With the non-seasonally adjusted Refi index shooting up by more than 15% last week and a continuing rally in rates, the mortgage market is positioned at the cusp of a moderate-size refinancing wave, sources say.
"If we go a little lower from here in rates, we will have a pretty good Refi wave that takes 8.5s to above 30 constant prepayment rate (CPR) and 8's above 20 CPR," said Art Frank, the head of MBS research at Nomura Securities. "But if we go back up to 7.30% on the current coupon, we probably won't have that Refi wave."
Moreover, trading reflects that premium coupons have not been doing well recently, but there is substantial fear in the market that if rates go just a bit lower there will be a Refi wave in early 2001.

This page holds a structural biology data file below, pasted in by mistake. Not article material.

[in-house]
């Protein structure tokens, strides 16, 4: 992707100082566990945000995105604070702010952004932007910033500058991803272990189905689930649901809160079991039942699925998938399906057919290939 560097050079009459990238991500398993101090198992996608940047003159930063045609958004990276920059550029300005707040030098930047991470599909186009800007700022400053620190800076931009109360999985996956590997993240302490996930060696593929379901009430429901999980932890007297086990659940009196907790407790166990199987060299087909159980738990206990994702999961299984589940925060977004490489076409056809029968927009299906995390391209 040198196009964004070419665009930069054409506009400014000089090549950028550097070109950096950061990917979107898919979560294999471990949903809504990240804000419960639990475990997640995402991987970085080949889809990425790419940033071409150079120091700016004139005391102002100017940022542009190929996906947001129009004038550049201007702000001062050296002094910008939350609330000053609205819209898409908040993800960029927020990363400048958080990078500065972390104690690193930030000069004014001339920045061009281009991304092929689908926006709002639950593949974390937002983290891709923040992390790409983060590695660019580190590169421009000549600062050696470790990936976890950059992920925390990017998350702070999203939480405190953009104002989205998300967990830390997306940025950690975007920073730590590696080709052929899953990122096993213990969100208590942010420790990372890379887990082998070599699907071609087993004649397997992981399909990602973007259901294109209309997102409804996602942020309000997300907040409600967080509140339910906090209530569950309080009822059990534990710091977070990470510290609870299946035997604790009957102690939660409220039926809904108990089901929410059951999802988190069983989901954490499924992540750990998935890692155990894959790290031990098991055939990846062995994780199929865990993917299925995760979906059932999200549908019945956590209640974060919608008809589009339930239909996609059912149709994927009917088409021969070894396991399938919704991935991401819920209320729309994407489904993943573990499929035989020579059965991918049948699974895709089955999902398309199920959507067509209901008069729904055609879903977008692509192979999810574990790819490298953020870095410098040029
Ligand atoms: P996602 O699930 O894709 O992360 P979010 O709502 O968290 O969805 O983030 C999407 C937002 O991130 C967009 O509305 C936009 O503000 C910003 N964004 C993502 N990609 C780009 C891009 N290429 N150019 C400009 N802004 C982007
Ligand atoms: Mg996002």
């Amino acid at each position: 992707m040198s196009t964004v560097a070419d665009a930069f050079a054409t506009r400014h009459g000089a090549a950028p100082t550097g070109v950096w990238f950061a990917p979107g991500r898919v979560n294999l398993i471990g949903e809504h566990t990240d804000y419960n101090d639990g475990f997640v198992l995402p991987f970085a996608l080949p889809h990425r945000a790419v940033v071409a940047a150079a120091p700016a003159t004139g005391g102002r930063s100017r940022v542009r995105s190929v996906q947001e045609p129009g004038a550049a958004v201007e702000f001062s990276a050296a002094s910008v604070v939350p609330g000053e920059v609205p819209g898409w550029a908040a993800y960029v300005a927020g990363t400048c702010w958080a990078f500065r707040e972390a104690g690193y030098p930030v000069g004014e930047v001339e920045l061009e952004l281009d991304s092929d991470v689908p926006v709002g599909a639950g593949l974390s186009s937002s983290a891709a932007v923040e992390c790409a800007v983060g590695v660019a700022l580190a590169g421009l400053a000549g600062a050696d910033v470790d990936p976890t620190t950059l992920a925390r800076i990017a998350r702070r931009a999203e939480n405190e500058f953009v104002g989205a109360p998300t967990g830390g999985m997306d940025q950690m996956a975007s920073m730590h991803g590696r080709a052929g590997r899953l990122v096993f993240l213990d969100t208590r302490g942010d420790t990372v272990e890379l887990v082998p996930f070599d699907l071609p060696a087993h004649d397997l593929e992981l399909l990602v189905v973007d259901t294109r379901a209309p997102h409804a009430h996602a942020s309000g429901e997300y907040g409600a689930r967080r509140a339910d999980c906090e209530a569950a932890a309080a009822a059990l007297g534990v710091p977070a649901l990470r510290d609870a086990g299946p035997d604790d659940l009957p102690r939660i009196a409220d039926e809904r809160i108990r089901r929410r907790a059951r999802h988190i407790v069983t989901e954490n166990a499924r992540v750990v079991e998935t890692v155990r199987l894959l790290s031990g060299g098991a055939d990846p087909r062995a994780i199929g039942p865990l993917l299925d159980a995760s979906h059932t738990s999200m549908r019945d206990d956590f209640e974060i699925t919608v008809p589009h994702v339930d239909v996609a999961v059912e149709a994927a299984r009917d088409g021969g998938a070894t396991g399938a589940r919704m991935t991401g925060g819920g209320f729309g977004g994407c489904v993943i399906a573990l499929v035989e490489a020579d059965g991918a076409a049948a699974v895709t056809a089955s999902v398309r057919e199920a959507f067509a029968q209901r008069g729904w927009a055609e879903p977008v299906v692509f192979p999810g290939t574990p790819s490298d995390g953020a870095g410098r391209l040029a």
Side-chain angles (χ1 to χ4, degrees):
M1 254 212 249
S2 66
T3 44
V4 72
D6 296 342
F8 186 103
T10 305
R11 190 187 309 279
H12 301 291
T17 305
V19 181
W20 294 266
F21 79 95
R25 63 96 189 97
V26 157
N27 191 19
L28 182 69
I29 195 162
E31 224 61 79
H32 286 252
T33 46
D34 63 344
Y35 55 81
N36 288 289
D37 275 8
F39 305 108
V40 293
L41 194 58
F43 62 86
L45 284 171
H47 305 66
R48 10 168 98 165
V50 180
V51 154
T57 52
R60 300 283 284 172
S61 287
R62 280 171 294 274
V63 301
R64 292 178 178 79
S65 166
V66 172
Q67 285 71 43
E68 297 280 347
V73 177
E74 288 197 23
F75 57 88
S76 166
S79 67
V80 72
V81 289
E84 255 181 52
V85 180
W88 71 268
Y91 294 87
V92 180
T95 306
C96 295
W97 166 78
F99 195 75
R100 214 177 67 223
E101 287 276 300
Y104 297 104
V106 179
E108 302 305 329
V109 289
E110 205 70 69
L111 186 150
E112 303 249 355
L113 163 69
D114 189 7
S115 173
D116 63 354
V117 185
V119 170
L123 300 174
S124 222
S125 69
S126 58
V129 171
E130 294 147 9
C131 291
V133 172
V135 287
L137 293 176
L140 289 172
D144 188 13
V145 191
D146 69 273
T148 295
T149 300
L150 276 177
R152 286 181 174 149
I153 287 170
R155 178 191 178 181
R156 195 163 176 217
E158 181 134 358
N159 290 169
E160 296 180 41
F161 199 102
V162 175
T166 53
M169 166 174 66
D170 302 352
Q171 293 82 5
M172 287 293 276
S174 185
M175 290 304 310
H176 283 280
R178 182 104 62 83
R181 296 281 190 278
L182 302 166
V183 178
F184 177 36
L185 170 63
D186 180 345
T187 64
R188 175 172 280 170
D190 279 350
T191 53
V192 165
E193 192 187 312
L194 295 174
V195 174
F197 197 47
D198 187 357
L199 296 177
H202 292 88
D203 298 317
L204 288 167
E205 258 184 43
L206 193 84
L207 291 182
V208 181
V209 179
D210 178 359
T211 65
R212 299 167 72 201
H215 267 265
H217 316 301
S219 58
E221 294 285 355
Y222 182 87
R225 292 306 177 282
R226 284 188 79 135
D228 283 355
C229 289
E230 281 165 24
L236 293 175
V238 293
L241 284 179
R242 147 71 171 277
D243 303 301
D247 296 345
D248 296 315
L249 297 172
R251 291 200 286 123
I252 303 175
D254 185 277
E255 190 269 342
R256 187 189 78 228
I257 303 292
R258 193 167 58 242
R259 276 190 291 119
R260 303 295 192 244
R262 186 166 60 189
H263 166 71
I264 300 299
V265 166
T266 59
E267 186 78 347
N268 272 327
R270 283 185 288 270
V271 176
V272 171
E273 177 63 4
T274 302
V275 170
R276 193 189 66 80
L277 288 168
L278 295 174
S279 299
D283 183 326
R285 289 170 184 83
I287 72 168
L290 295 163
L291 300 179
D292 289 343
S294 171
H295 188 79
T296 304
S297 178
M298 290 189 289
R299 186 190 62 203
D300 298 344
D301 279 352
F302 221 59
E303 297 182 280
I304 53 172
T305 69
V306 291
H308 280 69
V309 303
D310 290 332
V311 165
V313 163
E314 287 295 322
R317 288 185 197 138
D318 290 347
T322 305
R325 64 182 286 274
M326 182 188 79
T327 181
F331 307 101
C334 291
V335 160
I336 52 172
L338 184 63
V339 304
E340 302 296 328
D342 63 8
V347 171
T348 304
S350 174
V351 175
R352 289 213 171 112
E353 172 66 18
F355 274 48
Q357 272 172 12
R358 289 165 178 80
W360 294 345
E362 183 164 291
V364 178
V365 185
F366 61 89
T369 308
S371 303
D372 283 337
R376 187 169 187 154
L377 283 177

The current coupon Fannie Mae came down by 23 basis points last week in a matter of three days. Moreover, Freddie Mac's report on mortgage rates showed some of the lowest numbers since the summer of 1999.
"But that doesn't mean too much, since rates were even lower before the summer of 1999, and even lower in 1998," commented another MBS expert. "The market may be moving in one direction, but I don't believe it will necessarily cause a prepayment wave."
The main reason for this is that most of the mortgage market in not refinancible, the source said, and only a very small percentage of it is contributing to the faster prepayment speeds that are coming out. "The housing market is almost certain to slow down next year," the source added.
But buysiders were running for cover last week, as a recent rally in Treasurys and signals from the Federal Reserve that an ease in rates would be in the near future led to widespread worry.